As if a $800 tablet wasn't insulting enough (there are plenty of 10" tablets that can be expanded to 128GB and beyond for half that price.) I feel sorry for the suckers that buy the WWAN model for nearly $1000 with tax.
    Reply
  • SirPerro - Friday, August 9, 2013 - link

    $800 iPad is far more insulting than this. But hey, sure there are wealthy people out there which don't give a shit about spending that ammount in such an inneficient way. Reply
  • MonkeyPaw - Friday, August 9, 2013 - link

    I don't think it's fair to say people are throwing their money around frivolously here. If you buy cheap $400 notebooks every year (because they aren't built to last very long) or upgrade premium phones all the time, then suddenly buying a well-made decent performing laptop for $1000 isn't so bad. From what I hear, Apple notebooks run for a long time and even resell for a good price, so if you keep this air for 3 years and then sell it for $400, you aren't really being so wasteful after all, are you?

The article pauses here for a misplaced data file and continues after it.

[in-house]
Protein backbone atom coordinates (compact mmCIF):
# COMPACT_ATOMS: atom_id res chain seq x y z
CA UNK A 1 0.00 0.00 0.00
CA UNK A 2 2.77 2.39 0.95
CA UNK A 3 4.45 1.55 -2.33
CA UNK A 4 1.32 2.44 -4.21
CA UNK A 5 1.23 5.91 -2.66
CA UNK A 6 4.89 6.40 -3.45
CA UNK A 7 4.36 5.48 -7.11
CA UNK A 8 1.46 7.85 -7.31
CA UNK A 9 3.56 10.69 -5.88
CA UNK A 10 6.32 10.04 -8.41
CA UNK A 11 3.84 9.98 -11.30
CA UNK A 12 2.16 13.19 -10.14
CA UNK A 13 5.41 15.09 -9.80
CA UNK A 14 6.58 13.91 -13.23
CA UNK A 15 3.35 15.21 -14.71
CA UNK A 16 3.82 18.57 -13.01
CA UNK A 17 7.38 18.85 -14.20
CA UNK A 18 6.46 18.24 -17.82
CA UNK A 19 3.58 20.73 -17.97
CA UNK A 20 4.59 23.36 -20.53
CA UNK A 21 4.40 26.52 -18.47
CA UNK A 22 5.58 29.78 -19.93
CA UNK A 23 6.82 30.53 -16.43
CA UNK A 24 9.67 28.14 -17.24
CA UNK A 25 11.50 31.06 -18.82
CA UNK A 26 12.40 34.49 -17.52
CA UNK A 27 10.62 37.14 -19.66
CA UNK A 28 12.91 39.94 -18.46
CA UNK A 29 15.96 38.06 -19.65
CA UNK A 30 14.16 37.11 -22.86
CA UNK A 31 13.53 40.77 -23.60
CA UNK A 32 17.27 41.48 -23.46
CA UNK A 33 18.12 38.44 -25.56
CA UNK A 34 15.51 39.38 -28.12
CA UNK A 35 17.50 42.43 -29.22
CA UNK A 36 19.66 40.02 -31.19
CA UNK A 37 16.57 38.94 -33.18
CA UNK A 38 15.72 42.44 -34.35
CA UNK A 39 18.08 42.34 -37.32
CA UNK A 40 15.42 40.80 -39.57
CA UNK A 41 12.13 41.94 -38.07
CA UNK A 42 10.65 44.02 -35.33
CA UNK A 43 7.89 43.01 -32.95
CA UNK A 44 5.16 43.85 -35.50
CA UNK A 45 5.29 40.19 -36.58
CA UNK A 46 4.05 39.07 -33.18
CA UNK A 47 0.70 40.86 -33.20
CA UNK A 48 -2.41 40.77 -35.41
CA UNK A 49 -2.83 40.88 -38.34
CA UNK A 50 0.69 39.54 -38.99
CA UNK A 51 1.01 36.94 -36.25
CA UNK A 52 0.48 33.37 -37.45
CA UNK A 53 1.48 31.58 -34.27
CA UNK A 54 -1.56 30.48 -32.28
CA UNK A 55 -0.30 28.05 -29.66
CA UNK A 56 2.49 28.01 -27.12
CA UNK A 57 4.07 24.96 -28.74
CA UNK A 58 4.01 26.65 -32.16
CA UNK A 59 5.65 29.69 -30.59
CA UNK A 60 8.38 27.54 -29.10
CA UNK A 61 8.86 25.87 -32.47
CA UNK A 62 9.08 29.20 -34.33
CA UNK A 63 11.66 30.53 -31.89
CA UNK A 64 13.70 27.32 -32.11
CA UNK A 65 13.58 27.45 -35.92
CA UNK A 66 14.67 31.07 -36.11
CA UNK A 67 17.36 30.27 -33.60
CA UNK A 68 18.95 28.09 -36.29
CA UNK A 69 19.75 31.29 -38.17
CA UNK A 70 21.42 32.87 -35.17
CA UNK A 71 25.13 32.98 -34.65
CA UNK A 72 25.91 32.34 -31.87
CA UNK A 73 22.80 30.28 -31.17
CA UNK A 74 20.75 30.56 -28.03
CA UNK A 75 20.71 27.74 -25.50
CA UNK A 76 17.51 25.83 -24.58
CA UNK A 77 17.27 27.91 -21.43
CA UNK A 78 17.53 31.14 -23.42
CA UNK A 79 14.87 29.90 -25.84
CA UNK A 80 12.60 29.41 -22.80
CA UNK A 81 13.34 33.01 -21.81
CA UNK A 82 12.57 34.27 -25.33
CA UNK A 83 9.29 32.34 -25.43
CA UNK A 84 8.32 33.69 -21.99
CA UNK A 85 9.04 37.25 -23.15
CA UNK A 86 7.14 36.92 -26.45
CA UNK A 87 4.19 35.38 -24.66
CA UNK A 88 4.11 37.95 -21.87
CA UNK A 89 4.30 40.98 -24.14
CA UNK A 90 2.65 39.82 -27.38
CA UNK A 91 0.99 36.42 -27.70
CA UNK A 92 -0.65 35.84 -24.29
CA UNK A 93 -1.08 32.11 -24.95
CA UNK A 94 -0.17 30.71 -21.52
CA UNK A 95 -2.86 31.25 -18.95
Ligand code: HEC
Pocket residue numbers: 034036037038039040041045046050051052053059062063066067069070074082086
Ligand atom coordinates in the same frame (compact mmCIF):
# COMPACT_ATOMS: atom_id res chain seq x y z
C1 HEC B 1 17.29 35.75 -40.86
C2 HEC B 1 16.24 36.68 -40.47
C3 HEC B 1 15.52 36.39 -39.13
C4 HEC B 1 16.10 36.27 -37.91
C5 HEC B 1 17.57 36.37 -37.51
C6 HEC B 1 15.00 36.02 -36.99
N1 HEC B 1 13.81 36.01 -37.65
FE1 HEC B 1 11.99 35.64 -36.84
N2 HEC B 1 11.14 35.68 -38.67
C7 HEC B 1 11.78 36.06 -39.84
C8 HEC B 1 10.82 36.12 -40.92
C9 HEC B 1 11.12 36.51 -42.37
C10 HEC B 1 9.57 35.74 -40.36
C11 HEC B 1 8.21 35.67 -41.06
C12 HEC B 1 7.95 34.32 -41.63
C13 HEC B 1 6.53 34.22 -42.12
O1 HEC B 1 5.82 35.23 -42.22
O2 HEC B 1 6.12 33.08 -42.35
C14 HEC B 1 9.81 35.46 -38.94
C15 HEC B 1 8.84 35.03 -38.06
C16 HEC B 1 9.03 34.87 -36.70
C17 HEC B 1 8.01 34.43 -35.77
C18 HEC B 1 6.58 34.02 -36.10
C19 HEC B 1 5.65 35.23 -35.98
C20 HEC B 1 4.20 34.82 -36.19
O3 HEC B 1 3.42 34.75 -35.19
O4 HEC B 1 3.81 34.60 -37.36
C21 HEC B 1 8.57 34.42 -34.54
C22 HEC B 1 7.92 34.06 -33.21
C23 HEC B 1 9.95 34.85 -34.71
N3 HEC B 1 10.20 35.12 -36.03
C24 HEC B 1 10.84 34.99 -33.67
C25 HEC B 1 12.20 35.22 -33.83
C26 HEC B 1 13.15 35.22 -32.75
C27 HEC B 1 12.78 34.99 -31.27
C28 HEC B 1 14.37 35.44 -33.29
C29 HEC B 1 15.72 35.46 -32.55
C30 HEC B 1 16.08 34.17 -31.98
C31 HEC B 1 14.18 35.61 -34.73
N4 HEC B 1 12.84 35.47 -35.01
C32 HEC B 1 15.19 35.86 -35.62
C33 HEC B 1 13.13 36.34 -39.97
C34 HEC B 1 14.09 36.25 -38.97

I'm not even an Apple owner, but let's face it, they make nice hardware.
    Reply
  • kevith - Friday, August 9, 2013 - link

    I´ll agree to that. Macbooks are well built and lasts long.

    In fact, I think mac prices are pretty much what hardware ought to cost.

    It´s easy to find a Windows based laptop, that wil match the Macbook in design, build quality and
    wow-factor. And what does it cost? The same as a Macbook...

    I never owned anything Mac, but that´s for totally different reasons.
    Reply
  • nerd1 - Friday, August 9, 2013 - link

    Macbooks last long? try find out how much it takes to fix anything (display, keyboard, etc). Reply
  • madmilk - Friday, August 9, 2013 - link

    If you have to fix it, that's not long lasting. Reply
  • rudolphbyers - Thursday, October 9, 2014 - link

    I would not trade my Macbook Air for anything in the world! /Rudolph from http://www.consumertop.com/best-desktop-guide/ Reply
  • darwinosx - Friday, August 9, 2013 - link

    Right..like anyone fixes laptops as it is...try harder. Reply